Gov. DeSantis is also giving relief to commuters who pass through toll booths on a regular basis
(The Center Square) — The Florida Legislature could be poised to pass a massive $1.2 billion tax package bill that would give residents both permanent and temporary relief
Senate Bill 7062 is a tax package that incorporates the tax cut proposals by Gov. Ron DeSantis that could provide Floridians with more over $3 billion in tax breaks if he signs it into law.
The bill would provide permanent sales tax exemptions for diapers and incontinence products, clothing, baby and toddler products, learning aids, oral hygiene, firearm safety devices and machinery and equipment used to produce natural gas.
The bill has already been approved by the Senate Finance and Tax Committee on April 18 and will be considered Tuesday by the Appropriations Committee.
Under the measure, a back to school sales tax holiday would happen from July 24 to Aug. 6, and include sales tax breaks personal computers, school clothing and puzzles. This tax-free period would occur again in January.
From May 27 to June 9, Florida could have a week without sales tax collections for disaster preparedness. This would include dry pet food, battery packs, self-powered radios, waterproof sheeting, gas and diesel.
The “freedom summer” initiative would run from May until September and would discount prices for concerts, theater performances and events. Camping gear, water skis, fishing supplies, sunscreen and sunglasses are only a few items that would be sales tax exempt under the plan.
DeSantis is also giving relief to commuters who pass through toll booths on a regular basis refunding up to 50 percent of the cost, which can cost hundreds of dollars per year.
Skilled workers would get a sales tax holiday for seven days in September and items that would be included are hand tools, power tools and batteries, work gloves and safety glasses, work boots and protective coveralls.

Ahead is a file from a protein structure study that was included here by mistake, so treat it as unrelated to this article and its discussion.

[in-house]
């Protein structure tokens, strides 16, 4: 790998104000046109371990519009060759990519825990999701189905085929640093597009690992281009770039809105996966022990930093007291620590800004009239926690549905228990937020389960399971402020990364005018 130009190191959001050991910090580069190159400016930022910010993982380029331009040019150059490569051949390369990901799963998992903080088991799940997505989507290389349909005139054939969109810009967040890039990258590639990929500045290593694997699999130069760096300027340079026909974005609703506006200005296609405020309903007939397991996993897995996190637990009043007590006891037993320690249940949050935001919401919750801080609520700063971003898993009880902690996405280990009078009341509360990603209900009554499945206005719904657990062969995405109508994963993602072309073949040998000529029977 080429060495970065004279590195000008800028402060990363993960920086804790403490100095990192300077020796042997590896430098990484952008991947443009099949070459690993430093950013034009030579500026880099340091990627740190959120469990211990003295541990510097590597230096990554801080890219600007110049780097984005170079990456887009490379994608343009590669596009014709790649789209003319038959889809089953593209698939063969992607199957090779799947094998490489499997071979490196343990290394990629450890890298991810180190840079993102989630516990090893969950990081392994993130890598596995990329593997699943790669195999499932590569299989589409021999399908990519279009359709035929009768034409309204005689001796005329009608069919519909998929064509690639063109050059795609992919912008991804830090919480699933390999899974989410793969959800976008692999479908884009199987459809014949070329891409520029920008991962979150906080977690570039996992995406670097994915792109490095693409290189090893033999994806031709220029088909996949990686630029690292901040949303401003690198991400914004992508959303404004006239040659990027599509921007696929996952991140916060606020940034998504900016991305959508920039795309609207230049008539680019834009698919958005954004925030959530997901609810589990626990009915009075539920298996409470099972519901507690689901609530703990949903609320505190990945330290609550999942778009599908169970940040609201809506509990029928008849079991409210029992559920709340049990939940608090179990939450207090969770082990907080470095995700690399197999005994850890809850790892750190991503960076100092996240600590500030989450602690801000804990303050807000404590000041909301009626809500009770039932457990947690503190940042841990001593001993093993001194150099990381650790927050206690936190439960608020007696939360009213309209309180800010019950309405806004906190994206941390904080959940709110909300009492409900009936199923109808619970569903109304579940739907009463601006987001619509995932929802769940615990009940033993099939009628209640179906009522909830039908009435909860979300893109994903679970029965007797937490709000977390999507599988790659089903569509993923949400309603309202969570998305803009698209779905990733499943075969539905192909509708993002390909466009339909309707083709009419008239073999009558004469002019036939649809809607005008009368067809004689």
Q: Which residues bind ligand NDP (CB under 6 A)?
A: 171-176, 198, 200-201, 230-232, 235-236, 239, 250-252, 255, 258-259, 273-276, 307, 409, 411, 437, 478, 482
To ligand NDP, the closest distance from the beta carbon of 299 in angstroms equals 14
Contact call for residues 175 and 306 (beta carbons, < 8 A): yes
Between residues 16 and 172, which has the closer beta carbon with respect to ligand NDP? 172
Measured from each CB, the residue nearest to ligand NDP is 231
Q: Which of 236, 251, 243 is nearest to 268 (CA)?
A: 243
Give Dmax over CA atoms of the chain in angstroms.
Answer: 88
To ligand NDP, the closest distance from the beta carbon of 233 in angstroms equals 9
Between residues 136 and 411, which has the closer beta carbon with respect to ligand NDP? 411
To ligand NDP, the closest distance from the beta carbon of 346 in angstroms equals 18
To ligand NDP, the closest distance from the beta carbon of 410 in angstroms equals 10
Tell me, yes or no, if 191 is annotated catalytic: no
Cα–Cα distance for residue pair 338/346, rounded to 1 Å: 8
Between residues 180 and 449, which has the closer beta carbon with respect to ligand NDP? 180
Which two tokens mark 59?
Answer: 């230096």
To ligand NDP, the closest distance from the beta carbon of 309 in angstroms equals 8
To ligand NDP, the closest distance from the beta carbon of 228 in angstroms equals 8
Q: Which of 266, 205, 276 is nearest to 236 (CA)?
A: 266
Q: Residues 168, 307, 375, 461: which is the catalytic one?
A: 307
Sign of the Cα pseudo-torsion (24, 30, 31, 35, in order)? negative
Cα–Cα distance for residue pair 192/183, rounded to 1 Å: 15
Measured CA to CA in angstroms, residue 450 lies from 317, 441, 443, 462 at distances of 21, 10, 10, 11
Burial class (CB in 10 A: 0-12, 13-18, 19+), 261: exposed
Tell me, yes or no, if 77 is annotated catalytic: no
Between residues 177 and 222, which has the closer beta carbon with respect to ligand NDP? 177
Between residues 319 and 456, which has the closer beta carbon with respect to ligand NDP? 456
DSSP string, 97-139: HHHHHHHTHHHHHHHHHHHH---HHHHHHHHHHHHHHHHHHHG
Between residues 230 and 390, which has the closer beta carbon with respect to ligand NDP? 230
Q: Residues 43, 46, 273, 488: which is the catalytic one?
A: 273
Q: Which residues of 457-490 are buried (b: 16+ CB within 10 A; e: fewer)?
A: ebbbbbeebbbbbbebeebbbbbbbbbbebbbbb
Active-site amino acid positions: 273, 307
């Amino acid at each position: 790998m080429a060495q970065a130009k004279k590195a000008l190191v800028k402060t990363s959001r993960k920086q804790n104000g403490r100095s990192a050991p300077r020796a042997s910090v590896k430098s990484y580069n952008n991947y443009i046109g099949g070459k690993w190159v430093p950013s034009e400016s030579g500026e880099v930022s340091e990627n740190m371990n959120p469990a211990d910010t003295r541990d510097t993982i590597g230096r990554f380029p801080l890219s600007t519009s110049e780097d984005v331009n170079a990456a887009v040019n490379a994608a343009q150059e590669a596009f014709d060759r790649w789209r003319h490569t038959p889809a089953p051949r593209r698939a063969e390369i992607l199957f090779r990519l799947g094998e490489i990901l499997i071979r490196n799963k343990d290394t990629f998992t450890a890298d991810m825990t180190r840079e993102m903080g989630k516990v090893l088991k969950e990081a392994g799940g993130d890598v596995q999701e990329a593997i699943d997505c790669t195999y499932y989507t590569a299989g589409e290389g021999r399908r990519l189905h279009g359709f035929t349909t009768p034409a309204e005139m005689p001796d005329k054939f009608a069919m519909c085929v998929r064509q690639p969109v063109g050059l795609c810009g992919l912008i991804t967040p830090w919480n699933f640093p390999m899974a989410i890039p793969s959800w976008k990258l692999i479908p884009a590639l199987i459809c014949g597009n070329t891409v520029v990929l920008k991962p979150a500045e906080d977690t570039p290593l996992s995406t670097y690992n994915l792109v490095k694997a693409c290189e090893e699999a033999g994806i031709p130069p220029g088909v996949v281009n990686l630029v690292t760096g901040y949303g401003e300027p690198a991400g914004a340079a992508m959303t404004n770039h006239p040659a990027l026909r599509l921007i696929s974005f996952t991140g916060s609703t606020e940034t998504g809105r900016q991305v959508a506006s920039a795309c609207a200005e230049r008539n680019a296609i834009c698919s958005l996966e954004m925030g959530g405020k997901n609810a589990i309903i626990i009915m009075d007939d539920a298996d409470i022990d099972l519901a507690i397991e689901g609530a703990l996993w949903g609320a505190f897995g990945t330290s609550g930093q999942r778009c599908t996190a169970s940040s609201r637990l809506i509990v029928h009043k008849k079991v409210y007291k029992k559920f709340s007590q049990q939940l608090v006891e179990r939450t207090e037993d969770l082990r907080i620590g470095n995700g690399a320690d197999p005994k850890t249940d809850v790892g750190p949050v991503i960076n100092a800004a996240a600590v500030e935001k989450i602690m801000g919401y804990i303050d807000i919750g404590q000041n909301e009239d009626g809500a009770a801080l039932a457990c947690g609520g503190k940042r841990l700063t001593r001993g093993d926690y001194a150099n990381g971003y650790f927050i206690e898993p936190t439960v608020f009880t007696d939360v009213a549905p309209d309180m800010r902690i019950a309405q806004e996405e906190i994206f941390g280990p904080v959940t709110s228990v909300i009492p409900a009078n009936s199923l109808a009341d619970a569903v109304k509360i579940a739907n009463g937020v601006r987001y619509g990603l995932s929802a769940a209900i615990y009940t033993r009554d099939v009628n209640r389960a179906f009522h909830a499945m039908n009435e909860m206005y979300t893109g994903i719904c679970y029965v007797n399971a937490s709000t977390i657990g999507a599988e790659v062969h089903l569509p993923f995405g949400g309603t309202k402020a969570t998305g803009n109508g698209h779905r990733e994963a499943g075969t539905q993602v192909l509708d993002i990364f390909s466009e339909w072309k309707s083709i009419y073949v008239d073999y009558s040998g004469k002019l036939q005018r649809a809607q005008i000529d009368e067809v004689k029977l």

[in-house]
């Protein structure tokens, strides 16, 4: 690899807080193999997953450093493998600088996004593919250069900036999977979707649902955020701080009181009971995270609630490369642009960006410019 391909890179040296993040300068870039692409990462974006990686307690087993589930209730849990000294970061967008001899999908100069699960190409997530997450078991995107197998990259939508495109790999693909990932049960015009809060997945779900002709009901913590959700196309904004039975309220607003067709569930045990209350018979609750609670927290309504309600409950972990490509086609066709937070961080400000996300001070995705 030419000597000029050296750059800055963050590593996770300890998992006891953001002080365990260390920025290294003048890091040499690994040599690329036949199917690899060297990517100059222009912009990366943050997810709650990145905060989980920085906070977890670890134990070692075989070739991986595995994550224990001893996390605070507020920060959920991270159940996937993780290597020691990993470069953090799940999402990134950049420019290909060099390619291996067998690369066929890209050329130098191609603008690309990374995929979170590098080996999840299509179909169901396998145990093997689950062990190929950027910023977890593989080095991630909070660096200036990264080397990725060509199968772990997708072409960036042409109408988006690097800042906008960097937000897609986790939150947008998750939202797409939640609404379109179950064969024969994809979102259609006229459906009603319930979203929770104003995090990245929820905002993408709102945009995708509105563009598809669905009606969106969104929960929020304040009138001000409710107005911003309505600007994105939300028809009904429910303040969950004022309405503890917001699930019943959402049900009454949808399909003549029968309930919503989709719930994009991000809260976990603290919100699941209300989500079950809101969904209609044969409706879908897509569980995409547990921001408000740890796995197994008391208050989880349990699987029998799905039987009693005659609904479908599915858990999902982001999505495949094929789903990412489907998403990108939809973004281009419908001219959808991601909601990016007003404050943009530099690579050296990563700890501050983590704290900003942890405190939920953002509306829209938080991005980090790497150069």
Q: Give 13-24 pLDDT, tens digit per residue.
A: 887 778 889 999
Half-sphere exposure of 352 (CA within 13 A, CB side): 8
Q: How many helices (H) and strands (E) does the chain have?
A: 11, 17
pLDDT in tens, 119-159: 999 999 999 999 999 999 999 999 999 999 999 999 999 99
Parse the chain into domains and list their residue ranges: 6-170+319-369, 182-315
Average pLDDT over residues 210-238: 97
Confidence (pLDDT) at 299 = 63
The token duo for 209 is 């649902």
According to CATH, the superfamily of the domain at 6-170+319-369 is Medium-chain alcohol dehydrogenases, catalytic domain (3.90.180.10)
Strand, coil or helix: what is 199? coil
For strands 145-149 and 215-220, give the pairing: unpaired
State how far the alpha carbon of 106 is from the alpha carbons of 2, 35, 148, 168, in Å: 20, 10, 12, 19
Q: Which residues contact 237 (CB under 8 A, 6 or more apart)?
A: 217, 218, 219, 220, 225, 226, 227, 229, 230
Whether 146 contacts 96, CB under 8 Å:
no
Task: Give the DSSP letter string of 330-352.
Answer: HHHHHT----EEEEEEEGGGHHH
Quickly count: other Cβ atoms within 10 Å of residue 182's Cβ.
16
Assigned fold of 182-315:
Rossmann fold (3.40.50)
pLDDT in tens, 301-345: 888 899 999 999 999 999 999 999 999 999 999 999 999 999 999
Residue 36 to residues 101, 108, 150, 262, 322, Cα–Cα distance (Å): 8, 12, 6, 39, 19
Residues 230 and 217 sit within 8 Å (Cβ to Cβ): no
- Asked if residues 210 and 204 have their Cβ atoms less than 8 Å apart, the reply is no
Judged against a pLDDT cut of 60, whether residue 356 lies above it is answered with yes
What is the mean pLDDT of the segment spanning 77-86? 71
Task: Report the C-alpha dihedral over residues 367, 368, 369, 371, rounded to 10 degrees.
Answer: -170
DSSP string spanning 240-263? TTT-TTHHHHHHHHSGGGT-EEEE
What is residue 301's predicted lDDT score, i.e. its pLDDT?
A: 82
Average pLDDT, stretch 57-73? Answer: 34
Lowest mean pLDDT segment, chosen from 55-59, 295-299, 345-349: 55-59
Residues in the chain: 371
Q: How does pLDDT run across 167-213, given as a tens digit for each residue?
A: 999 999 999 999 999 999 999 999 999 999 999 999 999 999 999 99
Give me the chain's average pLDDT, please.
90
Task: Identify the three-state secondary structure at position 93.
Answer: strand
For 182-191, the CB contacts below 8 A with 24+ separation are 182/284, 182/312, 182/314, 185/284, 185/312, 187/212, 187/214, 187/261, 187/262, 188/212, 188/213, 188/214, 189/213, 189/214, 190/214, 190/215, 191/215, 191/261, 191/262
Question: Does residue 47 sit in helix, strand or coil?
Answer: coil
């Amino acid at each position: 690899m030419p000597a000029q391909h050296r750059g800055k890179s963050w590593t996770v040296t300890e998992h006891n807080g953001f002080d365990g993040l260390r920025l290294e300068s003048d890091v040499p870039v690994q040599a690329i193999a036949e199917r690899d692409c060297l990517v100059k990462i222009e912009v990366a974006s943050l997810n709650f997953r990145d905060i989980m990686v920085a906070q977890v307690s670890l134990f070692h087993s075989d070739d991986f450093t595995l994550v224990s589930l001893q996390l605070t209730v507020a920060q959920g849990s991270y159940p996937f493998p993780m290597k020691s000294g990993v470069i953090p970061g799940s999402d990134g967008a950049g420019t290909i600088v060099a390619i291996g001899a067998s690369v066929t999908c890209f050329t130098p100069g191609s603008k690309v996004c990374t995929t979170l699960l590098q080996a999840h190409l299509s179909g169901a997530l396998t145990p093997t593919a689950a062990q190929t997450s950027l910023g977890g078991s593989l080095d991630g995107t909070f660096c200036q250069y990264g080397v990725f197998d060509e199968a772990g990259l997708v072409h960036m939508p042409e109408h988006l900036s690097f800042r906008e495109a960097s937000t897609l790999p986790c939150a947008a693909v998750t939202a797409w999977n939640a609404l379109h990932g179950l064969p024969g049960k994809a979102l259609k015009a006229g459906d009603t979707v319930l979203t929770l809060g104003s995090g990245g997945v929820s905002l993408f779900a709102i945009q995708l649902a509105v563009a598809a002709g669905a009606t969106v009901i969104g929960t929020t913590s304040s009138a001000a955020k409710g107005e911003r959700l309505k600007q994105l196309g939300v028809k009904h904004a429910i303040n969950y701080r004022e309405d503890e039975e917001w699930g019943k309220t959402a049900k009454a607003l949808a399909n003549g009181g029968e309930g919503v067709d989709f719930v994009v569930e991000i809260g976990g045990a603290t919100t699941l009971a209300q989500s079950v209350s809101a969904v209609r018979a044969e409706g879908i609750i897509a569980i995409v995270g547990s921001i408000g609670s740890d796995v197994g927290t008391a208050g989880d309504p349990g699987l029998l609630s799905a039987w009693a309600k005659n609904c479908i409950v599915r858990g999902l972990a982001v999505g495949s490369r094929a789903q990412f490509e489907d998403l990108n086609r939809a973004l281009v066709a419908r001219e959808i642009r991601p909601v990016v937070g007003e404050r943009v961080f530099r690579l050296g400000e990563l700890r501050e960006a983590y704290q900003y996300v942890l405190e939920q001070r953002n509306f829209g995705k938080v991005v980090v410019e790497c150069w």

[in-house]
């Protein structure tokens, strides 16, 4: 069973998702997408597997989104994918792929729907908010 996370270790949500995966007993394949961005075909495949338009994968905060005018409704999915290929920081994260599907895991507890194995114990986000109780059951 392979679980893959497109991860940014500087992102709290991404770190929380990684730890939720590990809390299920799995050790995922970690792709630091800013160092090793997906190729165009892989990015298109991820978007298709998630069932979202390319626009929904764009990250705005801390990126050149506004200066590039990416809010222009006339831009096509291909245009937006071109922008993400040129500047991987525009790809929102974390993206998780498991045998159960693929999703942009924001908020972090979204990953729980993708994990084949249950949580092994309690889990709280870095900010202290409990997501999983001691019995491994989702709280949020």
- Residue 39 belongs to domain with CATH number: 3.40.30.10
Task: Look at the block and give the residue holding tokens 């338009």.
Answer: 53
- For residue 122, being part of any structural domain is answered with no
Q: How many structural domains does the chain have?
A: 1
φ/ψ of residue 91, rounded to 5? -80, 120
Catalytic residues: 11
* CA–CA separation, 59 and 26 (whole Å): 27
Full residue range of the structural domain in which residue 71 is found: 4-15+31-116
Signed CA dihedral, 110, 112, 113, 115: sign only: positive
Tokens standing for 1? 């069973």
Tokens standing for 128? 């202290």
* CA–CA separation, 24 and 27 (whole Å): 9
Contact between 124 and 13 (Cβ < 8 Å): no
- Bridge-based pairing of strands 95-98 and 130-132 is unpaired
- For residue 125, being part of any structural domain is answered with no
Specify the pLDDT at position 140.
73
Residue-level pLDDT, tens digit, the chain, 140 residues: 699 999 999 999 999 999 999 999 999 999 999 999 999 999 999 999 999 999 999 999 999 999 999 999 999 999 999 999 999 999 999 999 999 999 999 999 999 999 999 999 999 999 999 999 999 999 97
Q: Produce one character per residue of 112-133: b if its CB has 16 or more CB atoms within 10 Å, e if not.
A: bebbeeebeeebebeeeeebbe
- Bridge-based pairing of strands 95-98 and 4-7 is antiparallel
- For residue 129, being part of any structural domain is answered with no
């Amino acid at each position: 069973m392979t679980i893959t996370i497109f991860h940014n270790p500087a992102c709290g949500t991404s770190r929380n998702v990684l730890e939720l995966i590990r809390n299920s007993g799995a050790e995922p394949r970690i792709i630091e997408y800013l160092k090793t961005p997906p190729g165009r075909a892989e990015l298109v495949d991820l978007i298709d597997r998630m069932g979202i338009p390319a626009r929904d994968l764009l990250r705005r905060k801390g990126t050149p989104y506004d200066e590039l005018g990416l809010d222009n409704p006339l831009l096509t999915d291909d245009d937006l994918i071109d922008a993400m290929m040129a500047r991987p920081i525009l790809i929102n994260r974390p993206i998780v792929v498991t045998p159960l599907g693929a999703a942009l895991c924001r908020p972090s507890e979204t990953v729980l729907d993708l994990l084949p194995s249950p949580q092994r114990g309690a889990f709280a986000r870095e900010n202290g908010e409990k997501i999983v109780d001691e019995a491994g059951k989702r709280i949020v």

The bill also would give property owners incentives to install a greywater system on their properties, as part of Florida’s effort to conserve as much fresh water as possible, refunding up to 50 percent of the cost.
Thoroughbred horse breeding and racing would also get a boost after $27 million was appropriated to be used by the Department of Agriculture and Consumer Services to encourage the breeding of thoroughbred racehorses and racing them at thoroughbred tracks in Florida.
The Main Street Historic Tourism and Revitalization Act would also be created, which would provide a tax credit for qualified expenses that are incurred while restoring a certified historic building or structure. Previously, any historic building that was owned by private individuals or a for-profit corporation was not eligible to receive grants.
Several local taxes are required to be placed on the ballot in a general election within 48 months before they are either increased or renewed by referendum and would be prohibited from being placed on a ballot more than once in that time period.
During the Senate Committee hearing on Finance and Tax, SB 7062 was met with praise and had unanimous bipartisan support, while it was adopted as a committee bill.
Committee chair and state Sen. Blaise Ingoglia, R-Spring Hill, said that he believes there is room to give even more tax cuts.
“I believe we have a good work product, there is obviously an opportunity to negotiate with the House, hopefully through those negotiations…we can find more tax cuts and give more back,” Ingoglia said.
Originally published by The Center Square. Republished with permission.
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